Target-date funds: a little too easy

An increasingly popular feature in retirement savings is the target-date fund – a portfolio that automatically shifts its allocation away from stocks and into bonds according to a predetermined schedule. The idea is for it to incrementally dial down the risk (and expected rate of return) as you age closer to retirement, all without you lifting a finger.

Pretty neat, right? Well… yes and no. TDFs are certainly convenient, making them a great fit for some investors. But convenience always comes with a price; and I suspect many TDF users are not aware of what that price is.

Fees within fees… within fees?

Mutual funds and ETFs always come with an expense ratio, or a percentage of the account balance that is charged as an administrative fee. Perfectly reasonable; but in the case of TDFs, the expense ratio you see on paper may not reflect how much you actually pay.

This is because TDFs often (though not always) consist of slices of other funds, which themselves may contain little slices of still other funds. However far down this Russian nesting doll goes, each fund within it will have its own expense ratio.

To be fair, this is not as much of a problem as it was 10 or 15 years ago. Expense ratios for many TDFs have gotten extremely low, so even a bunch of them bundled together can be pretty affordable. The trick is to do your homework so you know exactly what you are dealing with.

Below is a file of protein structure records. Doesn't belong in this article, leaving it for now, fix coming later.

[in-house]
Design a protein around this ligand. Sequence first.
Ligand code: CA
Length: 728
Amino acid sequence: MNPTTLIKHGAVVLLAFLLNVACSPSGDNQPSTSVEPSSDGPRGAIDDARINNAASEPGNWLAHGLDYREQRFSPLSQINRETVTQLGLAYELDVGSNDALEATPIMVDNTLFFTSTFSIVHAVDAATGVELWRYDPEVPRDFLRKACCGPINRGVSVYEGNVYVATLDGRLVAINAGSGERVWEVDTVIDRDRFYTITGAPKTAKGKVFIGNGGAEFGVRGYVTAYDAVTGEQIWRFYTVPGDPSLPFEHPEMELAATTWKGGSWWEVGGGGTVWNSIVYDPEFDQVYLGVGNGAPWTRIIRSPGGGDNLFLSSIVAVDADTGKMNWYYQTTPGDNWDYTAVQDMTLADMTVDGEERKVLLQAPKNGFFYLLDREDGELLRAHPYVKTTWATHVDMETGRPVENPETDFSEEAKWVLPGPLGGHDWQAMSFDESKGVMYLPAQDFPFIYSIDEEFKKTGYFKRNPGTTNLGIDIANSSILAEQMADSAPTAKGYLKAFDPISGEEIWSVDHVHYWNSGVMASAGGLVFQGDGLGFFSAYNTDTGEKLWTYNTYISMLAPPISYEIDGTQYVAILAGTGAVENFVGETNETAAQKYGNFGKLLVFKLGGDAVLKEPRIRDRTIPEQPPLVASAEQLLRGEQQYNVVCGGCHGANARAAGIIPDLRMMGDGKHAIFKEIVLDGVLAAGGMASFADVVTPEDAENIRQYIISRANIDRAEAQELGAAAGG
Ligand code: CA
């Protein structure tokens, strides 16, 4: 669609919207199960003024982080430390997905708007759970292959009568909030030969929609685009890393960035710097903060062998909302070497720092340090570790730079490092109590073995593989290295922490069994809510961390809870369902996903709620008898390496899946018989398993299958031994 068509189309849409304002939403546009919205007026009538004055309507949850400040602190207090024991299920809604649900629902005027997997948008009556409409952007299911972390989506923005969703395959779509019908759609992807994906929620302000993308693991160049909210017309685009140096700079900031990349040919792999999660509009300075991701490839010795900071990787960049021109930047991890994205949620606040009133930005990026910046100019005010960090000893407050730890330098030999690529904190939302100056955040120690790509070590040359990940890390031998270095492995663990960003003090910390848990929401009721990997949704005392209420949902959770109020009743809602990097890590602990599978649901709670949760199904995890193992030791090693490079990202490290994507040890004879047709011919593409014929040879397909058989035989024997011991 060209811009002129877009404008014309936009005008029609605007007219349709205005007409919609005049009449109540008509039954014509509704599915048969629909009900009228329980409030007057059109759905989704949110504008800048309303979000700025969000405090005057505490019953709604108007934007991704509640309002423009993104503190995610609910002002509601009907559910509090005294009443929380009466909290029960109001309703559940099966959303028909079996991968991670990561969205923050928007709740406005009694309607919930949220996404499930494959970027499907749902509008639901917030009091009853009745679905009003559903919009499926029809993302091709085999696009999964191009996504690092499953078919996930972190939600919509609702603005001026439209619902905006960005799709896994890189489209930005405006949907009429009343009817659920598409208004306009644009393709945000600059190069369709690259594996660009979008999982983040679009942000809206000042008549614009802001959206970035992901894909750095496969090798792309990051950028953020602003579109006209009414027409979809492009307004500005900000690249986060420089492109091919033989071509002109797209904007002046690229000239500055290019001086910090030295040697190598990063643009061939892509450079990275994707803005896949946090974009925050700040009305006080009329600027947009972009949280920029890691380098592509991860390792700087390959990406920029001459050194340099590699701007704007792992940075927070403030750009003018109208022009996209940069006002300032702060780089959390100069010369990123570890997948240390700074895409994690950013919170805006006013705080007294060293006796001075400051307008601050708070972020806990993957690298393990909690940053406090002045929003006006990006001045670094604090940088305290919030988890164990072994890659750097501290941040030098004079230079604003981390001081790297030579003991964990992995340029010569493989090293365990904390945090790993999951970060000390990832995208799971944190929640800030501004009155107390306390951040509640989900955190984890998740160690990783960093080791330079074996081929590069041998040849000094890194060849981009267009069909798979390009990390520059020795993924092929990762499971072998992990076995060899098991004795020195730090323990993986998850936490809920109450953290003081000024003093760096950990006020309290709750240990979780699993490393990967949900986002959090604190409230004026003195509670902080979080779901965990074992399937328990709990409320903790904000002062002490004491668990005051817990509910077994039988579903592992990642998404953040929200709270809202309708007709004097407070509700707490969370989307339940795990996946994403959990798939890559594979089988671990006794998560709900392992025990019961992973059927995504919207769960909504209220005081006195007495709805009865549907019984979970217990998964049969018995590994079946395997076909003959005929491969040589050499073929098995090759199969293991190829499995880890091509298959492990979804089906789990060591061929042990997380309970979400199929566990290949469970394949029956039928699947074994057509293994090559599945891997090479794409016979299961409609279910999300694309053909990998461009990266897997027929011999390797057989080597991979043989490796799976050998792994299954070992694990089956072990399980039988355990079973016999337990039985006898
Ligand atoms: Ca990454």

The Rule of 100

The bigger problem is that TDFs are based on the same logic as the (highly unreliable) Rule of 100. As you may remember from a couple months ago, the Rule of 100 rests on two problematic assumptions:

  1. That most retirement-savers should have their portfolio become less aggressive as they draw closer to retirement; and
  2. That bonds are inherently safer – i.e., less aggressive – than stocks.

TDFs follow this rule by increasing the proportion of bonds in your portfolio as you age. This is far from a foolproof strategy, however. For one thing, there are plenty of people who cannot afford to invest more conservatively simply because they have reached a certain age. For another, it is simply not true that bonds are always the most conservative option.

To sum up

Despite these flaws, TDFs still have their uses. They are a great “set-it-and-forget-it” solution for those who prefer not to fuss with fine-tuning their expense ratio or total return potential. They could alsobe a good choice if you want to minimize fees. Just make sure those “nested” expense ratios do not add up to more than you can afford.

So in short, if you want long-term convenience and affordability – and are willing to do a bit of homework beforehand – TDFs are definitely worth looking into. But if you want something more flexible, and/or want to keep your fees as straightforward as possible, then you should probably look elsewhere.